- A vanity unit with good lighting and a large mirror with two upright padded chairs
- Tiled floor (door width 81cm)
- One cubicle with standard toilet of 44cm high
- Four self-flushing urinals, 67cm high
- One basin with hot and cold taps
- Good lighting and mirrors
- From the reception hallway, three steps up into the main stairway (154cm wide with handrail) is the entrance to the dining room. Further two steps up (120cm wide with hand rail)
- The dining room is L-shaped, carpeted throughout
- Tables are rectangular, six legged and 72cm high, each seating five to eight diners
- Seats are without arms, 48cm high, padded seats with 40cm wooden backs
- A portable stainless steel mobility ramp is available
Bedrooms & sleeping areas
- Bedrooms 1 - 8 are on ground floor, down a well lit corridor from the reception hall
- Bedrooms 9 - 14 are up a main L-shaped stairway, 16 steps to the first floor landing
- Bedrooms 15 and 16 are through a door and further 7 steps up from the first floor landing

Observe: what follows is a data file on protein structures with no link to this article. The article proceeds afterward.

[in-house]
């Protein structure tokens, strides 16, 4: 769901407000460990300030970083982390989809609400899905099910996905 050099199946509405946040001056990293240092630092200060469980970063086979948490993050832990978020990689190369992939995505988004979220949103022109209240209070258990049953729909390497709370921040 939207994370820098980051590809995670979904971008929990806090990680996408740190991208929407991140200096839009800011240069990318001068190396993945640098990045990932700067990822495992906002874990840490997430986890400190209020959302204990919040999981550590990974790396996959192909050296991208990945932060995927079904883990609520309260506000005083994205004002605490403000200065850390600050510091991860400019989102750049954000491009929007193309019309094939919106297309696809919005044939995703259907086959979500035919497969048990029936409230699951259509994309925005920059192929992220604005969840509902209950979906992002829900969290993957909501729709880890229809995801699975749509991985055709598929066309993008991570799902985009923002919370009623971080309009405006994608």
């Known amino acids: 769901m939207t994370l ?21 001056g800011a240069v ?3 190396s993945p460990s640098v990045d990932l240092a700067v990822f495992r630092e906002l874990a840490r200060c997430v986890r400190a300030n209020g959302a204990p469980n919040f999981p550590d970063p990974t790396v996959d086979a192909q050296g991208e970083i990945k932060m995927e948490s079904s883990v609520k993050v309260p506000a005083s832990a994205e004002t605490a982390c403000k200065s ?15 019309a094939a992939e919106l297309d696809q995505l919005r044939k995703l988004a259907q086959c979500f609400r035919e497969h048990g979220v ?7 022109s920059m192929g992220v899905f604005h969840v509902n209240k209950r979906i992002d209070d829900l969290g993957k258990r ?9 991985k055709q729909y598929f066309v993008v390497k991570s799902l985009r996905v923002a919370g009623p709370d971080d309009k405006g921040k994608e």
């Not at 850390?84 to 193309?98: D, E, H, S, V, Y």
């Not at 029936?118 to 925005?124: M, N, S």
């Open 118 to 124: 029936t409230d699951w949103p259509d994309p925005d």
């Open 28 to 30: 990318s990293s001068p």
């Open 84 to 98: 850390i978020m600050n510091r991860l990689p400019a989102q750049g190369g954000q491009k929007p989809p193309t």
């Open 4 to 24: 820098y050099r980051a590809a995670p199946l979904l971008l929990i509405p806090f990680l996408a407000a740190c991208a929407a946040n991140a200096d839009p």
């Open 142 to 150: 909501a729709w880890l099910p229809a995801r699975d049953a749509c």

- Bedrooms 17 - 23 are through another door from the first floor landing, up a second flight of stairs, 16 steps up through a landing door onto the second floor
- Bedroom 24 is situated above room 16, up a curved narrow stairway of 15 steps
- Bedroom doors are 72cm - 87cm wide
- Beds are 55cm high. Rooms are single, twin or double bedded
- Usually made up with hollow fibre duvets and pillows, blankets and feather pillows available on request
- All rooms are carpeted and well lit
- All furniture, including beds are movable
- Most rooms have baths, although some have only a walk-in shower
- Rooms with baths have mostly mixer taps with a shower attachment
- Most rooms have vinyl or tiled floor, rooms 9 / 10 / 11 and 24 have carpet
- Room 6 has been specially adapted for wheelchair users